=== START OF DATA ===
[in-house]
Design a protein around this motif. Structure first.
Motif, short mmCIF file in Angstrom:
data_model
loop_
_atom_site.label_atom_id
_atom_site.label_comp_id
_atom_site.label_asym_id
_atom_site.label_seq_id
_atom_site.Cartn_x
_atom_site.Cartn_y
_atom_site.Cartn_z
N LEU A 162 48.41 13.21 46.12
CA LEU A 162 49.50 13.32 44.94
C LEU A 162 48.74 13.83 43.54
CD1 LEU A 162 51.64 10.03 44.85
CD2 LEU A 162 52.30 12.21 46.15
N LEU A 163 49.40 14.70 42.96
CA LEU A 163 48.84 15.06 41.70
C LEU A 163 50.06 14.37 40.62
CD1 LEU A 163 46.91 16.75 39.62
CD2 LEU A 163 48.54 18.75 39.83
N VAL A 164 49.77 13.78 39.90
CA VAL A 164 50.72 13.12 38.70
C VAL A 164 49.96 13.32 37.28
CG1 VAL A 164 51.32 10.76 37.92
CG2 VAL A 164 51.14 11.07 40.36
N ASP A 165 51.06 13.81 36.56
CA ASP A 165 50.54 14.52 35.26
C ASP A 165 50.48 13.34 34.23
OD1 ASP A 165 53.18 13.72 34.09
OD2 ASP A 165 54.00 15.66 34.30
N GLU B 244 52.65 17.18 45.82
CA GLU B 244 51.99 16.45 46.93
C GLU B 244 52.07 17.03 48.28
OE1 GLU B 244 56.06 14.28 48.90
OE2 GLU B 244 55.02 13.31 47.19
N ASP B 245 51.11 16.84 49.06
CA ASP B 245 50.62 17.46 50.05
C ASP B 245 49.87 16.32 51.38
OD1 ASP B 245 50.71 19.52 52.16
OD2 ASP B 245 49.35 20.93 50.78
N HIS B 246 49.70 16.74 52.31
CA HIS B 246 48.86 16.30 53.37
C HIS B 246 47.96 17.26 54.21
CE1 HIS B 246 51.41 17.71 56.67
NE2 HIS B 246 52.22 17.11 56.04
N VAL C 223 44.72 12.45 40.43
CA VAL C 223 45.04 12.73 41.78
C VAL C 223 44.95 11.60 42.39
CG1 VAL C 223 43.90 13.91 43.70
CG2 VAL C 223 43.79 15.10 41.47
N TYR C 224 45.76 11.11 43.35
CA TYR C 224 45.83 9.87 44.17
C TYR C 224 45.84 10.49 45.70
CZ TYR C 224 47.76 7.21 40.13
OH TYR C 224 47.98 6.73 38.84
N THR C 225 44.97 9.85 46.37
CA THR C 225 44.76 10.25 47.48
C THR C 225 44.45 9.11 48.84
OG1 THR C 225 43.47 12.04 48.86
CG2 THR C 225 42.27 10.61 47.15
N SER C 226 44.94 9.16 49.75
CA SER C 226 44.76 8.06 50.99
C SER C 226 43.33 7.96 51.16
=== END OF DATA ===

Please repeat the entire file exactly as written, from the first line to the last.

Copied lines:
[in-house]
Design a protein around this motif. Structure first.
Motif, short mmCIF file in Angstrom:
data_model
loop_
_atom_site.label_atom_id
_atom_site.label_comp_id
_atom_site.label_asym_id
_atom_site.label_seq_id
_atom_site.Cartn_x
_atom_site.Cartn_y
_atom_site.Cartn_z
N LEU A 162 48.41 13.21 46.12
CA LEU A 162 49.50 13.32 44.94
C LEU A 162 48.74 13.83 43.54
CD1 LEU A 162 51.64 10.03 44.85
CD2 LEU A 162 52.30 12.21 46.15
N LEU A 163 49.40 14.70 42.96
CA LEU A 163 48.84 15.06 41.70
C LEU A 163 50.06 14.37 40.62
CD1 LEU A 163 46.91 16.75 39.62
CD2 LEU A 163 48.54 18.75 39.83
N VAL A 164 49.77 13.78 39.90
CA VAL A 164 50.72 13.12 38.70
C VAL A 164 49.96 13.32 37.28
CG1 VAL A 164 51.32 10.76 37.92
CG2 VAL A 164 51.14 11.07 40.36
N ASP A 165 51.06 13.81 36.56
CA ASP A 165 50.54 14.52 35.26
C ASP A 165 50.48 13.34 34.23
OD1 ASP A 165 53.18 13.72 34.09
OD2 ASP A 165 54.00 15.66 34.30
N GLU B 244 52.65 17.18 45.82
CA GLU B 244 51.99 16.45 46.93
C GLU B 244 52.07 17.03 48.28
OE1 GLU B 244 56.06 14.28 48.90
OE2 GLU B 244 55.02 13.31 47.19
N ASP B 245 51.11 16.84 49.06
CA ASP B 245 50.62 17.46 50.05
C ASP B 245 49.87 16.32 51.38
OD1 ASP B 245 50.71 19.52 52.16
OD2 ASP B 245 49.35 20.93 50.78
N HIS B 246 49.70 16.74 52.31
CA HIS B 246 48.86 16.30 53.37
C HIS B 246 47.96 17.26 54.21
CE1 HIS B 246 51.41 17.71 56.67
NE2 HIS B 246 52.22 17.11 56.04
N VAL C 223 44.72 12.45 40.43
CA VAL C 223 45.04 12.73 41.78
C VAL C 223 44.95 11.60 42.39
CG1 VAL C 223 43.90 13.91 43.70
CG2 VAL C 223 43.79 15.10 41.47
N TYR C 224 45.76 11.11 43.35
CA TYR C 224 45.83 9.87 44.17
C TYR C 224 45.84 10.49 45.70
CZ TYR C 224 47.76 7.21 40.13
OH TYR C 224 47.98 6.73 38.84
N THR C 225 44.97 9.85 46.37
CA THR C 225 44.76 10.25 47.48
C THR C 225 44.45 9.11 48.84
OG1 THR C 225 43.47 12.04 48.86
CG2 THR C 225 42.27 10.61 47.15
N SER C 226 44.94 9.16 49.75
CA SER C 226 44.76 8.06 50.99
C SER C 226 43.33 7.96 51.16